Culture Shock: Process Of Reinventing GM Begins With Top Management

Something evident to me in working on this project is that real change at General Motors requires an overhaul of their corporate culture. An editorial cartoon published in the Buffalo News depicts the role of corporate culture in the ignition switch crisis.

Consequently, I was searching for articles that might relate strategies GM is using to shift its culture to one that prioritizes customers and safety. I was very excited to find this story:

culture shock

That, is, I was excited  until I saw the date of publication: February 4, 1993. The message, however, is as relevant today as it was 22 years ago.

Mary Barra seems to take the challenge of changing GM’s culture seriously. She and GM President Mark Ruess use a different leadership style than previous CEOs (Burke, 2014, May 28). Last April, she unveiled the “Speak up for Safety” program that rewards employees who identify ways to improve safety on vehicles or who speak up when they observe issues (like the faulty ignition switch) that affect safety (GM creates speak up for safety program for employees, 2014).

Barra remarked, “GM must embrace a culture where safety and quality come first. GM employees should raise safety concerns quickly and forcefully, and be recognized for doing so.”

Now, she just needs to make it stick.

See also: Root Causes

References

Burke, K. (2014, May 28). Ruess: GM morale high despite recalls. Automotive News. Retrieved from http://www.autonews.com/article/20140528/OEM02/140529863/reuss:-gm-employee-morale-high-despite-recalls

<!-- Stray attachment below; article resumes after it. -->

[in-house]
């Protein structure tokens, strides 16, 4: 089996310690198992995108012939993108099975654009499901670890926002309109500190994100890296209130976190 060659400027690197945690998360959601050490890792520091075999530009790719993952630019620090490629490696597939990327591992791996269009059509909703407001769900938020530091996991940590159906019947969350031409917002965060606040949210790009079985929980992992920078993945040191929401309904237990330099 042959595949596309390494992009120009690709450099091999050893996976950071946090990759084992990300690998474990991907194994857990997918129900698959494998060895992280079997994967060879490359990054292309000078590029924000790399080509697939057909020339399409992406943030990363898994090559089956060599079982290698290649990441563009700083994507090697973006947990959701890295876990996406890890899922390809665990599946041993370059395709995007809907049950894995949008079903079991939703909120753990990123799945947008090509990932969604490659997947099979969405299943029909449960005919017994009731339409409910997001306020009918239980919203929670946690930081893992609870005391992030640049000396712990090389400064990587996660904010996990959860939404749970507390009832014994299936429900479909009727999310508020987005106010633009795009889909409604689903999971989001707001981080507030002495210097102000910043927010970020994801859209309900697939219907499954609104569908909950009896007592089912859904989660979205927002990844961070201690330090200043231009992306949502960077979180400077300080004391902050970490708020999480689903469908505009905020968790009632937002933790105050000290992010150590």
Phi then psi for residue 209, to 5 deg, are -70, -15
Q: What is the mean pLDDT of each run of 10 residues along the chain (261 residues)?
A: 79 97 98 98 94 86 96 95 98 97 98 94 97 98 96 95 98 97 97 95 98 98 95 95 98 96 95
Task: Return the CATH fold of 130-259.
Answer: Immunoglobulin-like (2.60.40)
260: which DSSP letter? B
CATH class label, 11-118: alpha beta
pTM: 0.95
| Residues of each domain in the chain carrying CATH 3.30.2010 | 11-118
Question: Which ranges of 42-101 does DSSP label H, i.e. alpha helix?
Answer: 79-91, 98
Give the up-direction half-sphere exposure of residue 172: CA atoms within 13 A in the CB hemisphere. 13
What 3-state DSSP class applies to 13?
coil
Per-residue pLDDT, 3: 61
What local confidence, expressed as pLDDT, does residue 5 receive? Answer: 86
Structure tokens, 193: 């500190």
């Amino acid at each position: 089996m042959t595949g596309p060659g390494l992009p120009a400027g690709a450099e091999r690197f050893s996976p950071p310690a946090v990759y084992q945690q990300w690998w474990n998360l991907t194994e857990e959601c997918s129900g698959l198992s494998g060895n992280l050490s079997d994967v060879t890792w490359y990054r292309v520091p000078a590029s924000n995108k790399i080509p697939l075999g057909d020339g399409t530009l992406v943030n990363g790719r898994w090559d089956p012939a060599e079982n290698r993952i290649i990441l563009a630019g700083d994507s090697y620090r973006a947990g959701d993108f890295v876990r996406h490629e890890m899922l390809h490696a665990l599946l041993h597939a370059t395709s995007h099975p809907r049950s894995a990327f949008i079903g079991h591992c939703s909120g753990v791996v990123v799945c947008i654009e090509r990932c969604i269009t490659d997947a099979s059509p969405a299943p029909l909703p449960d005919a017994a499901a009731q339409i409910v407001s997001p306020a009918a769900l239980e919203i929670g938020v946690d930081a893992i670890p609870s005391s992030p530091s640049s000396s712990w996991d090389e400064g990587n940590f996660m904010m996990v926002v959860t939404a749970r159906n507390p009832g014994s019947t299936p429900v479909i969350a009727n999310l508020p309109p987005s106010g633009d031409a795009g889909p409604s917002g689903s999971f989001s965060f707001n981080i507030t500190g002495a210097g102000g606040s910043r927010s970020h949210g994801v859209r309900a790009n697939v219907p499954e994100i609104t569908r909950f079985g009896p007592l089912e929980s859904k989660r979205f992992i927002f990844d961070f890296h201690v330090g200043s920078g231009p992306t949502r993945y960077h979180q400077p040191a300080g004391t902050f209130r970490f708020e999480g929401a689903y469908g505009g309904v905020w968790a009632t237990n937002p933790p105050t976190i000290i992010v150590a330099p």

GM creates speak up for safety program for employees. (2014, April 10). [Press release]. GM News. Retrieved from http://media.gm.com/media/us/en/gm/news.detail.html/content/Pages/news/us/en/2014/Apr/0410-speakup.html

Business | Culture Shock — Process Of Reinventing GM Begins With Top Management | Seattle Times Newspaper.

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aimeedars

My husband likes to tease me by telling me I must be an alien. When I worked as a faculty member in a Business school, colleagues from other disciplines liked to say, “She’s not one of them.” I choose to take these comments as compliments and attribute them to the contradictory characteristics that define me. Highly analytical and results-oriented, I also approach interactions and challenges with empathy, curiosity, and wonder. I see myriad possibilities and delight at considering how to implement them. Since they are based on a solid theoretical foundation, most of them are reasonable and effective. In brainstorming conversations, others often respond to me by saying, “I didn’t think of that.” At the same time, I enjoy learning from everyone I meet, and I want everyone leaving a conversation with me to feel like they have been heard with compassion. My hobbies include knitting, making jewelry, reading, and hanging out with my husband and dogs. I am a long-time vegan committed to social justice and animal rights.

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